God has always been the same. The desire of His heart has been a deep relationship with all of us, believer and unbeliever alike. Seems like we have to change our point of view and throw out our old “appliances” to truly adapt to this “New Power Source.”
It can be done, and God even tells us how…”Renew your minds with the washing of His word.” See life differently than you ever have before. Allow His thoughts to become our thoughts. As we allow God to change us, the “malady” of life will become a life filled with joy. It’s a process; try not to become discouraged over the time it may take. Seed …Time… and eventually, just at the right time: Harvest.
Dang it. I don’t have agendas. Lol! God has this amazing persistent desire to free us from all of my agendas and just love Him so He can fill us with His love (that actually will make us useful!)
Sam, you nailed it with this one. The Holy Spirit does a better job of being the Holy Spirit that we could ever do. Scripture is littered with examples of folks who tried to help God out.
Sam, Against my better judgment–as I read your article, I kept looking for the part where you found what you have to do to FIND GOD’S FAVOR ENOUGH to get what you’re SUPPOSED TO GET! But, No!, that can’t be right. “But, but, God, Sam didn’t start all this on his own, YOU sent him on this wild goose chase.” Note, Sam, that I’m speaking for myself and using your name instead of mine.
Where this has gone in my experience is one part “Book of Job”, and one part God saying “So you don’t like where this is going? Ok. What are you going to do about it?” And my answer is, repeatedly, “Who else has the words of eternal life? Where else is there to go?” Then I say to myself, I’ve learned too much, seen too much, had too many answers to prayer, to think that God isn’t there and that all this stuff isn’t true. It is true, God is there. But what am I gonna do about it? Usually it resolves to the surrender flag.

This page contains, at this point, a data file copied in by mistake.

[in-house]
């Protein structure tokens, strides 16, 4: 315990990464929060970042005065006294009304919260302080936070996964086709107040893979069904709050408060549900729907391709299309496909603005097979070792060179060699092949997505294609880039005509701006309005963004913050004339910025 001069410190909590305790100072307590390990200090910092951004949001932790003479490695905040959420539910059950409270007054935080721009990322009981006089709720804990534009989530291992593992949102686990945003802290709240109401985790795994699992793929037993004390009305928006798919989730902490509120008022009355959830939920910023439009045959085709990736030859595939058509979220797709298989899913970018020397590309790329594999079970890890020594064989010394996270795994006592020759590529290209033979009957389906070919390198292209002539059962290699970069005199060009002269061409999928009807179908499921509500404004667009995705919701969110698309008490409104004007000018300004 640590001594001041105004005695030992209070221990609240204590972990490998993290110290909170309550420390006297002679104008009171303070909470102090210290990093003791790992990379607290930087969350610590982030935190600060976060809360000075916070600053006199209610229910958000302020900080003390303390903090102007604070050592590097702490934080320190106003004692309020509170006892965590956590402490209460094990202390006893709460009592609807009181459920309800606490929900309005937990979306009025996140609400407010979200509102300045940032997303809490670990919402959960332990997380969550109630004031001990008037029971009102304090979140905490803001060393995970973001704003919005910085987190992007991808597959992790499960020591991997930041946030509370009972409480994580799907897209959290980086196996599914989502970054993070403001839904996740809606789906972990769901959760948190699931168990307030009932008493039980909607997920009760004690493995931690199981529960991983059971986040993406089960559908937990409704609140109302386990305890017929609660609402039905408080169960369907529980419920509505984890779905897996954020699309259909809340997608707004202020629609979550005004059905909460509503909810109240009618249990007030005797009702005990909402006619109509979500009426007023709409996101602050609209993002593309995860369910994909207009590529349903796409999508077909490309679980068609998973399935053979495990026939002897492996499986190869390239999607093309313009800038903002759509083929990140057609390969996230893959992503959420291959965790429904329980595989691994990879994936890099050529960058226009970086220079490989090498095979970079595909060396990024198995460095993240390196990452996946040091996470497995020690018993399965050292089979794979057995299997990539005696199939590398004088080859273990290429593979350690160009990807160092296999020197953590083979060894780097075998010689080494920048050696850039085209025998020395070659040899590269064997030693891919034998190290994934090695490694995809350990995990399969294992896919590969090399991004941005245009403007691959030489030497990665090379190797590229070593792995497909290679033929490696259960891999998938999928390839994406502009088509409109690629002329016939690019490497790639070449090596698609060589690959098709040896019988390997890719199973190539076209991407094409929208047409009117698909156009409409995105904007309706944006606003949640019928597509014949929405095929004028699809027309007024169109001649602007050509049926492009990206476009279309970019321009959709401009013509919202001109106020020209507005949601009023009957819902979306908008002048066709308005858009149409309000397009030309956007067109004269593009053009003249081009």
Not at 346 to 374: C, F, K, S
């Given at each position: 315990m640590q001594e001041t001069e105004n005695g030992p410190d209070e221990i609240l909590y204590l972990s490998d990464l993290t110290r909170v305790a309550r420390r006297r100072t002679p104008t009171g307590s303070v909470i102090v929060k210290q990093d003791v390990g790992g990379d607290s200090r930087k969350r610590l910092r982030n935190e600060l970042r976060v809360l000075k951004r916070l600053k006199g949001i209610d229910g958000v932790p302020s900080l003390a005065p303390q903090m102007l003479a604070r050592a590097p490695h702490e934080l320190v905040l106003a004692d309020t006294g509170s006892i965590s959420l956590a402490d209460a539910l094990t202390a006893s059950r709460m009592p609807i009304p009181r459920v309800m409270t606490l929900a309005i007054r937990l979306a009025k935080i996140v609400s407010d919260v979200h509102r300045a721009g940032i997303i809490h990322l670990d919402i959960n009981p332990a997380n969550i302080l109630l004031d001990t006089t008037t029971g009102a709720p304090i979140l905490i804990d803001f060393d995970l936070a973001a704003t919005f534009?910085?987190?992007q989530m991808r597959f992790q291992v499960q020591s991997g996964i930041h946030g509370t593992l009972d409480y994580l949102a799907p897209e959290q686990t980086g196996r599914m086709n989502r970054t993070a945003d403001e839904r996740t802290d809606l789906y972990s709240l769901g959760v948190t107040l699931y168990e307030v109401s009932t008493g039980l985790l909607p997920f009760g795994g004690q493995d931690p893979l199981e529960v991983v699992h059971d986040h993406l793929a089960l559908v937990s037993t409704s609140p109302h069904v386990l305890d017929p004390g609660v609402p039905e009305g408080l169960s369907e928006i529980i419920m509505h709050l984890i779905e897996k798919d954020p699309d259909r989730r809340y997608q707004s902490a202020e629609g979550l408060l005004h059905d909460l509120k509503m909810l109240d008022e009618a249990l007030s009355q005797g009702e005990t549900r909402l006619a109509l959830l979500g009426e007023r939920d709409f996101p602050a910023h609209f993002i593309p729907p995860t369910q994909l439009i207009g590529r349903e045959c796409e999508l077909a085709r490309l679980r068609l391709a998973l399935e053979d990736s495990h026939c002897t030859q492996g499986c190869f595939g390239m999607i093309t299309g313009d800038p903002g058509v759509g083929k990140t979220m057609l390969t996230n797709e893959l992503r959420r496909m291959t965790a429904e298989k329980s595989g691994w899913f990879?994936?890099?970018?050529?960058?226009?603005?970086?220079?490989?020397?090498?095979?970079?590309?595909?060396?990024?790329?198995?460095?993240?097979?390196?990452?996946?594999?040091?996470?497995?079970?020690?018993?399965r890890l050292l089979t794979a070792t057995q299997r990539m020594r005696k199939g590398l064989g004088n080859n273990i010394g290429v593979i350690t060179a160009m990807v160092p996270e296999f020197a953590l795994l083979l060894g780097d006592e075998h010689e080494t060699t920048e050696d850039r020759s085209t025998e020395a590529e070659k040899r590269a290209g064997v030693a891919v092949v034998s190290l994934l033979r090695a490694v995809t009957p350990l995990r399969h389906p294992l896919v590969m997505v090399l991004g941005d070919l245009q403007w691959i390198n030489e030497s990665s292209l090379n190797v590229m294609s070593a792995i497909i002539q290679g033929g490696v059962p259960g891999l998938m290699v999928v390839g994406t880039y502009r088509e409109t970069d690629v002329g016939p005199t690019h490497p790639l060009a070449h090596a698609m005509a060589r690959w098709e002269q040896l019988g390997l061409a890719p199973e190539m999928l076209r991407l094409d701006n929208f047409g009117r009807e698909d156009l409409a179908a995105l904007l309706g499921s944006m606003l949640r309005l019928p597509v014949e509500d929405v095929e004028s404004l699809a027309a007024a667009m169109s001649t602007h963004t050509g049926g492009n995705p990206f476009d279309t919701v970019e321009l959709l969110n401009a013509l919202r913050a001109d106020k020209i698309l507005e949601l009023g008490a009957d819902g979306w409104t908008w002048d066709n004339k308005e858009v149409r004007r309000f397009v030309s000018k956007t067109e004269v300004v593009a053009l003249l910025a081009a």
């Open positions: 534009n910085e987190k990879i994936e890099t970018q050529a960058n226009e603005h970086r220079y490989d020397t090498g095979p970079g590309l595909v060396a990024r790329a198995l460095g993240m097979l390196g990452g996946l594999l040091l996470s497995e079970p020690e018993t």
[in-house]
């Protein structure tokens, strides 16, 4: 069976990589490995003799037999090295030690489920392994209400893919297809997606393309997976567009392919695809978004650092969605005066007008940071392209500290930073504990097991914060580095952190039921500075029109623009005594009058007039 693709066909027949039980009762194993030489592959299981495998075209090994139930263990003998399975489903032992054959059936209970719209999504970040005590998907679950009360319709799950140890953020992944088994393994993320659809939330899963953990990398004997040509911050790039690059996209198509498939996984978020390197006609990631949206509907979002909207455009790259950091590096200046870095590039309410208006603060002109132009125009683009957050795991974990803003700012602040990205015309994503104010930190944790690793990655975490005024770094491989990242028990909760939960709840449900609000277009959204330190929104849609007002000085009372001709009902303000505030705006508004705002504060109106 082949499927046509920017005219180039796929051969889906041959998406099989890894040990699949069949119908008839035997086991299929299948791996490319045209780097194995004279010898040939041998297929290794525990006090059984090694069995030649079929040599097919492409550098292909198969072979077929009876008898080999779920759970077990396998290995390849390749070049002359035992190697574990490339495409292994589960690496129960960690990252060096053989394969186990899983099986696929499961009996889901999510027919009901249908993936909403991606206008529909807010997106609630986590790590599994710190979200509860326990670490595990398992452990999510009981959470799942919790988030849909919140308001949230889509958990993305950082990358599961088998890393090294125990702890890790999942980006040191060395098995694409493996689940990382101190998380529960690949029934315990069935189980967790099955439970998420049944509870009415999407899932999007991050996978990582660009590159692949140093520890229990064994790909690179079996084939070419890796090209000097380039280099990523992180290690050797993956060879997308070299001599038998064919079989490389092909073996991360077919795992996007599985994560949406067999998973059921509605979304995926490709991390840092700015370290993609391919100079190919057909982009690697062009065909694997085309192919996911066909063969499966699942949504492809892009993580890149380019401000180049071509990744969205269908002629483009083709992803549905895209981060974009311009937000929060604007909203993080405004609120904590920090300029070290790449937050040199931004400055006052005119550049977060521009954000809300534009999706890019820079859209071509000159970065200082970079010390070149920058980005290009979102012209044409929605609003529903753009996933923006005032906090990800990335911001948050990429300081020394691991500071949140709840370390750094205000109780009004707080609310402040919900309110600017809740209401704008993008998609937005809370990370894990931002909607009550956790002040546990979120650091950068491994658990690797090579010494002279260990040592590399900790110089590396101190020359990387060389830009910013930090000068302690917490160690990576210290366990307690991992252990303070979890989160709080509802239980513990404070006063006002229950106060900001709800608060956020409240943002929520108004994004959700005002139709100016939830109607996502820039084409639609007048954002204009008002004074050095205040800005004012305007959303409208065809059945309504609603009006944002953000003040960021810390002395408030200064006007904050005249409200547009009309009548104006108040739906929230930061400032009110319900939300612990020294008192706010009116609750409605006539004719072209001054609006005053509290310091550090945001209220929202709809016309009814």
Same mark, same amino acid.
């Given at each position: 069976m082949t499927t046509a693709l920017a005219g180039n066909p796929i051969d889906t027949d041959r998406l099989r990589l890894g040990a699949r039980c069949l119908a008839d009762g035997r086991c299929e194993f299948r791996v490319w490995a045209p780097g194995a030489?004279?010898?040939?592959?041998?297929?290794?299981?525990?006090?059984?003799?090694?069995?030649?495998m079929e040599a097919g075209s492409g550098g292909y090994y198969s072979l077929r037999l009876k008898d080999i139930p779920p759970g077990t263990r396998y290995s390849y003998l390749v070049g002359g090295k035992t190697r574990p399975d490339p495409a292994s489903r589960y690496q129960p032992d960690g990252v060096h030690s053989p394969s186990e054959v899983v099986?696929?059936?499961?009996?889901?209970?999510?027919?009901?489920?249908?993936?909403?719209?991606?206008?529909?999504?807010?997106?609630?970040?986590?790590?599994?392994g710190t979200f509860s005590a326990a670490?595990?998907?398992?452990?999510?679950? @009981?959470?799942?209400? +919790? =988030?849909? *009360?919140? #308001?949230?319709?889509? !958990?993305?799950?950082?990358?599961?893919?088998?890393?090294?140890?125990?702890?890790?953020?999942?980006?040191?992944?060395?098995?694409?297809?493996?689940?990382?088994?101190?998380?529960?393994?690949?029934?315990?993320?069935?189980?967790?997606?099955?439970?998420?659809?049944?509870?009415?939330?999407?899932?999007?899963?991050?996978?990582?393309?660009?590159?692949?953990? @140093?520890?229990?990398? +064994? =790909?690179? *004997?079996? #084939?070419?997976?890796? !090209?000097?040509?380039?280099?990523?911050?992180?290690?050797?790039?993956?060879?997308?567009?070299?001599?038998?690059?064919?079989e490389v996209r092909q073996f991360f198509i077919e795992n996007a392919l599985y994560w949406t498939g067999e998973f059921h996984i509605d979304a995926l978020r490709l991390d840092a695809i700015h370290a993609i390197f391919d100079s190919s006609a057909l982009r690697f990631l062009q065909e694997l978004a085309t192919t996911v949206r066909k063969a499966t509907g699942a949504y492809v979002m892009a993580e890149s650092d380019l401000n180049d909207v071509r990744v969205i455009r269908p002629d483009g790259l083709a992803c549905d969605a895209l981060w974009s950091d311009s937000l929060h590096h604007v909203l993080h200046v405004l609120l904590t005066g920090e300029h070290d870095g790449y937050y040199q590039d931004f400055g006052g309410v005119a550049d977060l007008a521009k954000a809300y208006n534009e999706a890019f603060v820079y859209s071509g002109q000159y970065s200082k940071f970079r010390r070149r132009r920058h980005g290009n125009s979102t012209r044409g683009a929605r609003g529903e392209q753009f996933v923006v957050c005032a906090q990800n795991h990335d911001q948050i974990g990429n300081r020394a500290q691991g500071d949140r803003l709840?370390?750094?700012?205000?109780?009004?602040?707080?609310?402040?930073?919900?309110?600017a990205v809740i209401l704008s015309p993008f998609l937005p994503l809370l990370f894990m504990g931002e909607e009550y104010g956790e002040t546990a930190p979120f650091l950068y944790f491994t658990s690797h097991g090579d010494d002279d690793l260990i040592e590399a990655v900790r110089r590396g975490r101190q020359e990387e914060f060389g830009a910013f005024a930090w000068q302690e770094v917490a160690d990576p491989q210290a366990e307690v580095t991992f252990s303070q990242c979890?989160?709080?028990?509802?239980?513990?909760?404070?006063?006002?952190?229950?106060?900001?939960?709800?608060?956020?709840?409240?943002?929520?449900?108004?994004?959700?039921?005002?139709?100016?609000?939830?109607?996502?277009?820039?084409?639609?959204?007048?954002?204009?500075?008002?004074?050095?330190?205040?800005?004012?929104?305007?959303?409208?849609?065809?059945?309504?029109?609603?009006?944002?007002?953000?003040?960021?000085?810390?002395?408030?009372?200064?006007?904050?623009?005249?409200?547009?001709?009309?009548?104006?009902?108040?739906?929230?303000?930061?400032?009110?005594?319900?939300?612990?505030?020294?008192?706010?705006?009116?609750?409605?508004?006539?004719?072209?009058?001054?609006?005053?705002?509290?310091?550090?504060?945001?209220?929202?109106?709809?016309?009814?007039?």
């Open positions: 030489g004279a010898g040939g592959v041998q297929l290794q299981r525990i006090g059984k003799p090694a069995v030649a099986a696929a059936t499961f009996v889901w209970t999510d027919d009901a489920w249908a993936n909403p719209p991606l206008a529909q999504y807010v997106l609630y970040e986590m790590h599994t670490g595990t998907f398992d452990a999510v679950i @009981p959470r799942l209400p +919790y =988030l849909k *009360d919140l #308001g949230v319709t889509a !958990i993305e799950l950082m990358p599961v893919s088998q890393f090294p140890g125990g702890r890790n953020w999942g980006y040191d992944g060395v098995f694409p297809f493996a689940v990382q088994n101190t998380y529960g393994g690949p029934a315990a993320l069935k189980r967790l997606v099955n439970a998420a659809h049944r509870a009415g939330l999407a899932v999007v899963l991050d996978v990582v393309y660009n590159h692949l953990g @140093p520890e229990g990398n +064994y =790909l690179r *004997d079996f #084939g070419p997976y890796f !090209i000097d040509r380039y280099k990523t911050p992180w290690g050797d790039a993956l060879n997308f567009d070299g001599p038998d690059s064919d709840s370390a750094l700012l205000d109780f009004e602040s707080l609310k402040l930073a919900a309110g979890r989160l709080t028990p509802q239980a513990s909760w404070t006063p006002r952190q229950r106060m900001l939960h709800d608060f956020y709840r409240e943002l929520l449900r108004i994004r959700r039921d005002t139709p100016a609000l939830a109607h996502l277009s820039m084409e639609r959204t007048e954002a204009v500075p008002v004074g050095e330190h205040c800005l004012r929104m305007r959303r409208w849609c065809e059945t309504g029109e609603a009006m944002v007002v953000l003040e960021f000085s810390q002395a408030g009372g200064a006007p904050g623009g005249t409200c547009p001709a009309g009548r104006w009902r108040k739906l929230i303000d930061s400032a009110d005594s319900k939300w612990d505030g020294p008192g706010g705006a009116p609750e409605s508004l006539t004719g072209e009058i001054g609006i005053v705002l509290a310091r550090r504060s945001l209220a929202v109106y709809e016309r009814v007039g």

Thank you for expressing the shortcomings we all have, for bringing them to our attention in order to draw us into a deeper relationship with God. I recently recognized my own tendency to try to bargain with God when going through a difficult time: If I do this, then He must do that. Similar to what you and the mother in your example were doing.
It all boils down to my desire to control God. I want a God who will always grant my requests if I behave and believe the way He wants me to. (Within reasonable limits, of course—nobody’s perfect.) Doesn’t the Bible say that if I behave properly (Old Testament) and believe properly (New Testament), He’ll remove all the suffering in my life when I ask Him to?
But then He reminds me that if He was required to fulfill every request for everyone who was behaving and believing as He desired, that would put us in control, not Him. And some really bad things would happen.
We live in a culture that gives us an illusion of control. I can control whatever I want to if I just find the right app. I need to step back from this cultural mindset. What I really need isn’t more control, but more faith in God and less faith in my ability to run my own life. (Adapted from my blog at https://thosewhoweep.blogspot.com/2019/07/controlling-god.html.)